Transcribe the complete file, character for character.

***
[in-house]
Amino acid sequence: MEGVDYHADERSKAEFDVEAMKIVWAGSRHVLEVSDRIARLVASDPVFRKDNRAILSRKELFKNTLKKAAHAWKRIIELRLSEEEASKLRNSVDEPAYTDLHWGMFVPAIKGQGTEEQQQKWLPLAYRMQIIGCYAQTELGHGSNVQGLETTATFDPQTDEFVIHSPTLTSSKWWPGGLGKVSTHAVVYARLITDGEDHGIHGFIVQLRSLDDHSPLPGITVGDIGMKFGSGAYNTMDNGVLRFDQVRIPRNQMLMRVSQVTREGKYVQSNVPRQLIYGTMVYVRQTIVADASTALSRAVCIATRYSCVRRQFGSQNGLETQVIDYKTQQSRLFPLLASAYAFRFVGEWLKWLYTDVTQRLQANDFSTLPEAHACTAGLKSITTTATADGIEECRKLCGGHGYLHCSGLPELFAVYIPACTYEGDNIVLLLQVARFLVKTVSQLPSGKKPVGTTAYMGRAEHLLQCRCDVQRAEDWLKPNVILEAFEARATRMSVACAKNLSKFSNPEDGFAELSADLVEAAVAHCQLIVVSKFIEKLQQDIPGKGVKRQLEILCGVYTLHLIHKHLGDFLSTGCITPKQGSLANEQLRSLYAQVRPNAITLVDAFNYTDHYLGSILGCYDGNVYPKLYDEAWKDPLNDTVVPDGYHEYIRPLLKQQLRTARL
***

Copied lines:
[in-house]
Amino acid sequence: MEGVDYHADERSKAEFDVEAMKIVWAGSRHVLEVSDRIARLVASDPVFRKDNRAILSRKELFKNTLKKAAHAWKRIIELRLSEEEASKLRNSVDEPAYTDLHWGMFVPAIKGQGTEEQQQKWLPLAYRMQIIGCYAQTELGHGSNVQGLETTATFDPQTDEFVIHSPTLTSSKWWPGGLGKVSTHAVVYARLITDGEDHGIHGFIVQLRSLDDHSPLPGITVGDIGMKFGSGAYNTMDNGVLRFDQVRIPRNQMLMRVSQVTREGKYVQSNVPRQLIYGTMVYVRQTIVADASTALSRAVCIATRYSCVRRQFGSQNGLETQVIDYKTQQSRLFPLLASAYAFRFVGEWLKWLYTDVTQRLQANDFSTLPEAHACTAGLKSITTTATADGIEECRKLCGGHGYLHCSGLPELFAVYIPACTYEGDNIVLLLQVARFLVKTVSQLPSGKKPVGTTAYMGRAEHLLQCRCDVQRAEDWLKPNVILEAFEARATRMSVACAKNLSKFSNPEDGFAELSADLVEAAVAHCQLIVVSKFIEKLQQDIPGKGVKRQLEILCGVYTLHLIHKHLGDFLSTGCITPKQGSLANEQLRSLYAQVRPNAITLVDAFNYTDHYLGSILGCYDGNVYPKLYDEAWKDPLNDTVVPDGYHEYIRPLLKQQLRTARL